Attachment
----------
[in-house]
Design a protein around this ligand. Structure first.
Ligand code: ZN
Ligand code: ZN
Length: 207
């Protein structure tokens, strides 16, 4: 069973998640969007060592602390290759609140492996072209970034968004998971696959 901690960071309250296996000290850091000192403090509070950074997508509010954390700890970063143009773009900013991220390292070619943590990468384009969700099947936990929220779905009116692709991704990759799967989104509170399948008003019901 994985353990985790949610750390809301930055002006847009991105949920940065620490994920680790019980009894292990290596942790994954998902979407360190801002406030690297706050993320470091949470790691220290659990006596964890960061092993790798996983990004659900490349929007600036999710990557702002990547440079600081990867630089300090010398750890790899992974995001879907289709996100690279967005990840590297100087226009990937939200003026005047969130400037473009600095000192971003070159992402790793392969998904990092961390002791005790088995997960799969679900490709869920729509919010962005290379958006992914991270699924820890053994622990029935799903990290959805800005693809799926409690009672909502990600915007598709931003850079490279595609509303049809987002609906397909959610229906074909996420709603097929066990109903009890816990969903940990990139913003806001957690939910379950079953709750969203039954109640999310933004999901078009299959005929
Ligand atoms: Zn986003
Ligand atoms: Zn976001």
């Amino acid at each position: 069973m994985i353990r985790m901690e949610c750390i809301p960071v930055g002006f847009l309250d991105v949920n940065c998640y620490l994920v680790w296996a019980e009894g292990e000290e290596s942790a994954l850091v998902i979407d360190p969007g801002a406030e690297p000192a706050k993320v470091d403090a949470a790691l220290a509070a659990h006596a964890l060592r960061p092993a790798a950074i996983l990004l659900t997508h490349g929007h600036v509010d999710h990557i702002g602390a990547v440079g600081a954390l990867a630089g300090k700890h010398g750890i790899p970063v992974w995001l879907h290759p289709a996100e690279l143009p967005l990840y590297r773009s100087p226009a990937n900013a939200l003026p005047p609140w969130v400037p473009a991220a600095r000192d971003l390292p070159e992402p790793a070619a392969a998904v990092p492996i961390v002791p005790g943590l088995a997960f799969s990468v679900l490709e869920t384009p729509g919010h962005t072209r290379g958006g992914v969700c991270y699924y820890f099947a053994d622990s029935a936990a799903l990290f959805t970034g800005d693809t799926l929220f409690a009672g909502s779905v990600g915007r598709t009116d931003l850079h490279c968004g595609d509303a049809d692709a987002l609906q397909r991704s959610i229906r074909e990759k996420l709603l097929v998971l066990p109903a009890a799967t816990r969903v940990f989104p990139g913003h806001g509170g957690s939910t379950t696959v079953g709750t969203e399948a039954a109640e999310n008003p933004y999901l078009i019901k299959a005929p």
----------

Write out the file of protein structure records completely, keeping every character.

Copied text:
[in-house]
Design a protein around this ligand. Structure first.
Ligand code: ZN
Ligand code: ZN
Length: 207
């Protein structure tokens, strides 16, 4: 069973998640969007060592602390290759609140492996072209970034968004998971696959 901690960071309250296996000290850091000192403090509070950074997508509010954390700890970063143009773009900013991220390292070619943590990468384009969700099947936990929220779905009116692709991704990759799967989104509170399948008003019901 994985353990985790949610750390809301930055002006847009991105949920940065620490994920680790019980009894292990290596942790994954998902979407360190801002406030690297706050993320470091949470790691220290659990006596964890960061092993790798996983990004659900490349929007600036999710990557702002990547440079600081990867630089300090010398750890790899992974995001879907289709996100690279967005990840590297100087226009990937939200003026005047969130400037473009600095000192971003070159992402790793392969998904990092961390002791005790088995997960799969679900490709869920729509919010962005290379958006992914991270699924820890053994622990029935799903990290959805800005693809799926409690009672909502990600915007598709931003850079490279595609509303049809987002609906397909959610229906074909996420709603097929066990109903009890816990969903940990990139913003806001957690939910379950079953709750969203039954109640999310933004999901078009299959005929
Ligand atoms: Zn986003
Ligand atoms: Zn976001």
């Amino acid at each position: 069973m994985i353990r985790m901690e949610c750390i809301p960071v930055g002006f847009l309250d991105v949920n940065c998640y620490l994920v680790w296996a019980e009894g292990e000290e290596s942790a994954l850091v998902i979407d360190p969007g801002a406030e690297p000192a706050k993320v470091d403090a949470a790691l220290a509070a659990h006596a964890l060592r960061p092993a790798a950074i996983l990004l659900t997508h490349g929007h600036v509010d999710h990557i702002g602390a990547v440079g600081a954390l990867a630089g300090k700890h010398g750890i790899p970063v992974w995001l879907h290759p289709a996100e690279l143009p967005l990840y590297r773009s100087p226009a990937n900013a939200l003026p005047p609140w969130v400037p473009a991220a600095r000192d971003l390292p070159e992402p790793a070619a392969a998904v990092p492996i961390v002791p005790g943590l088995a997960f799969s990468v679900l490709e869920t384009p729509g919010h962005t072209r290379g958006g992914v969700c991270y699924y820890f099947a053994d622990s029935a936990a799903l990290f959805t970034g800005d693809t799926l929220f409690a009672g909502s779905v990600g915007r598709t009116d931003l850079h490279c968004g595609d509303a049809d692709a987002l609906q397909r991704s959610i229906r074909e990759k996420l709603l097929v998971l066990p109903a009890a799967t816990r969903v940990f989104p990139g913003h806001g509170g957690s939910t379950t696959v079953g709750t969203e399948a039954a109640e999310n008003p933004y999901l078009i019901k299959a005929p």